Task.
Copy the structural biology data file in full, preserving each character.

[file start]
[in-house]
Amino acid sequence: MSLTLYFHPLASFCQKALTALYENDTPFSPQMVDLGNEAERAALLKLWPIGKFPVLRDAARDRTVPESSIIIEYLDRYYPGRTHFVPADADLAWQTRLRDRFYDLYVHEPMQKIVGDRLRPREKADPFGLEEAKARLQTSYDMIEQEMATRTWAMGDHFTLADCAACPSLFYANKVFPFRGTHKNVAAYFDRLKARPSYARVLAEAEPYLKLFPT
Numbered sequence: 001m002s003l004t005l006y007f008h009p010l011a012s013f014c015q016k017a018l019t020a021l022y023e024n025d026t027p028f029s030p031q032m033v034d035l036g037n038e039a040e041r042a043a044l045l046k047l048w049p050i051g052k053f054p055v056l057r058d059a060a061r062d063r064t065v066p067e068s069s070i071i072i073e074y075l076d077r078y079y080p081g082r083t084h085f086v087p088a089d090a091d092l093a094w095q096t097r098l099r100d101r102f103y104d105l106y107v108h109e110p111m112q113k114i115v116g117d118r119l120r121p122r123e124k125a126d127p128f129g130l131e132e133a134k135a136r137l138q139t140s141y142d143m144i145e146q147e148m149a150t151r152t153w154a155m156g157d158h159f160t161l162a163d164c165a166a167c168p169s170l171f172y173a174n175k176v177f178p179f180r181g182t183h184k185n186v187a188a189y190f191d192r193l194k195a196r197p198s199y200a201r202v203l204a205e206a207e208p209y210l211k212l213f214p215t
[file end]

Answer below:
[in-house]
Amino acid sequence: MSLTLYFHPLASFCQKALTALYENDTPFSPQMVDLGNEAERAALLKLWPIGKFPVLRDAARDRTVPESSIIIEYLDRYYPGRTHFVPADADLAWQTRLRDRFYDLYVHEPMQKIVGDRLRPREKADPFGLEEAKARLQTSYDMIEQEMATRTWAMGDHFTLADCAACPSLFYANKVFPFRGTHKNVAAYFDRLKARPSYARVLAEAEPYLKLFPT
Numbered sequence: 001m002s003l004t005l006y007f008h009p010l011a012s013f014c015q016k017a018l019t020a021l022y023e024n025d026t027p028f029s030p031q032m033v034d035l036g037n038e039a040e041r042a043a044l045l046k047l048w049p050i051g052k053f054p055v056l057r058d059a060a061r062d063r064t065v066p067e068s069s070i071i072i073e074y075l076d077r078y079y080p081g082r083t084h085f086v087p088a089d090a091d092l093a094w095q096t097r098l099r100d101r102f103y104d105l106y107v108h109e110p111m112q113k114i115v116g117d118r119l120r121p122r123e124k125a126d127p128f129g130l131e132e133a134k135a136r137l138q139t140s141y142d143m144i145e146q147e148m149a150t151r152t153w154a155m156g157d158h159f160t161l162a163d164c165a166a167c168p169s170l171f172y173a174n175k176v177f178p179f180r181g182t183h184k185n186v187a188a189y190f191d192r193l194k195a196r197p198s199y200a201r202v203l204a205e206a207e208p209y210l211k212l213f214p215t